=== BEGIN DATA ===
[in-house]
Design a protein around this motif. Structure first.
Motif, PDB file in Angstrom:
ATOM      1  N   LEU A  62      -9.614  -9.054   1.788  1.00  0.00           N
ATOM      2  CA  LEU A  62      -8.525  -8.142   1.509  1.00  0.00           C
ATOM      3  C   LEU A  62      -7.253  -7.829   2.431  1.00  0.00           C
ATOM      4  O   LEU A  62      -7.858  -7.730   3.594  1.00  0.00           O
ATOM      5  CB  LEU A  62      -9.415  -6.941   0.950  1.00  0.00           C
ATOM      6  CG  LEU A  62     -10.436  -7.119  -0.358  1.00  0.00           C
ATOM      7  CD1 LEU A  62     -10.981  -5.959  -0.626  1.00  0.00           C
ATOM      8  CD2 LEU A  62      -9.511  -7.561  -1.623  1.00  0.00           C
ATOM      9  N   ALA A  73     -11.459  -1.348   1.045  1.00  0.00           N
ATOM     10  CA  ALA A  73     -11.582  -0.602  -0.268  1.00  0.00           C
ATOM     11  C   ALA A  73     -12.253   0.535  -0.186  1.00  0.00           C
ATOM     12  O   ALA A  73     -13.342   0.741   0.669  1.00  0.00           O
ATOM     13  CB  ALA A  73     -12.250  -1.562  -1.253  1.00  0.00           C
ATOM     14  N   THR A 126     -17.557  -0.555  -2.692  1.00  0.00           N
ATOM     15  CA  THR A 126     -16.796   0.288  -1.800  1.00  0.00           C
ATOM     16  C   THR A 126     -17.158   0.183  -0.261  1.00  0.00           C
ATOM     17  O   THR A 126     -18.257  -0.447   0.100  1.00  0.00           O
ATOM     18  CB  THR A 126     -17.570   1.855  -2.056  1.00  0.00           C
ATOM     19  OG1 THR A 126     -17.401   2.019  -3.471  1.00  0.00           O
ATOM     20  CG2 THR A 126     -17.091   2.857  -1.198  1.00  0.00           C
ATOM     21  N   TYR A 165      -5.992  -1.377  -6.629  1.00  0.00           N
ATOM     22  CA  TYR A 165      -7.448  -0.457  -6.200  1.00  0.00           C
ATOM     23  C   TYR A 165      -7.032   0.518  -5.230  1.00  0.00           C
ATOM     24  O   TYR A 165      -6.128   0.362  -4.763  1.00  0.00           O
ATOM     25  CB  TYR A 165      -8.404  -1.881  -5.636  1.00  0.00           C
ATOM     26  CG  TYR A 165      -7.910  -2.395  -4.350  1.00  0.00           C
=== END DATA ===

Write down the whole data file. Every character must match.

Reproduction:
[in-house]
Design a protein around this motif. Structure first.
Motif, PDB file in Angstrom:
ATOM      1  N   LEU A  62      -9.614  -9.054   1.788  1.00  0.00           N
ATOM      2  CA  LEU A  62      -8.525  -8.142   1.509  1.00  0.00           C
ATOM      3  C   LEU A  62      -7.253  -7.829   2.431  1.00  0.00           C
ATOM      4  O   LEU A  62      -7.858  -7.730   3.594  1.00  0.00           O
ATOM      5  CB  LEU A  62      -9.415  -6.941   0.950  1.00  0.00           C
ATOM      6  CG  LEU A  62     -10.436  -7.119  -0.358  1.00  0.00           C
ATOM      7  CD1 LEU A  62     -10.981  -5.959  -0.626  1.00  0.00           C
ATOM      8  CD2 LEU A  62      -9.511  -7.561  -1.623  1.00  0.00           C
ATOM      9  N   ALA A  73     -11.459  -1.348   1.045  1.00  0.00           N
ATOM     10  CA  ALA A  73     -11.582  -0.602  -0.268  1.00  0.00           C
ATOM     11  C   ALA A  73     -12.253   0.535  -0.186  1.00  0.00           C
ATOM     12  O   ALA A  73     -13.342   0.741   0.669  1.00  0.00           O
ATOM     13  CB  ALA A  73     -12.250  -1.562  -1.253  1.00  0.00           C
ATOM     14  N   THR A 126     -17.557  -0.555  -2.692  1.00  0.00           N
ATOM     15  CA  THR A 126     -16.796   0.288  -1.800  1.00  0.00           C
ATOM     16  C   THR A 126     -17.158   0.183  -0.261  1.00  0.00           C
ATOM     17  O   THR A 126     -18.257  -0.447   0.100  1.00  0.00           O
ATOM     18  CB  THR A 126     -17.570   1.855  -2.056  1.00  0.00           C
ATOM     19  OG1 THR A 126     -17.401   2.019  -3.471  1.00  0.00           O
ATOM     20  CG2 THR A 126     -17.091   2.857  -1.198  1.00  0.00           C
ATOM     21  N   TYR A 165      -5.992  -1.377  -6.629  1.00  0.00           N
ATOM     22  CA  TYR A 165      -7.448  -0.457  -6.200  1.00  0.00           C
ATOM     23  C   TYR A 165      -7.032   0.518  -5.230  1.00  0.00           C
ATOM     24  O   TYR A 165      -6.128   0.362  -4.763  1.00  0.00           O
ATOM     25  CB  TYR A 165      -8.404  -1.881  -5.636  1.00  0.00           C
ATOM     26  CG  TYR A 165      -7.910  -2.395  -4.350  1.00  0.00           C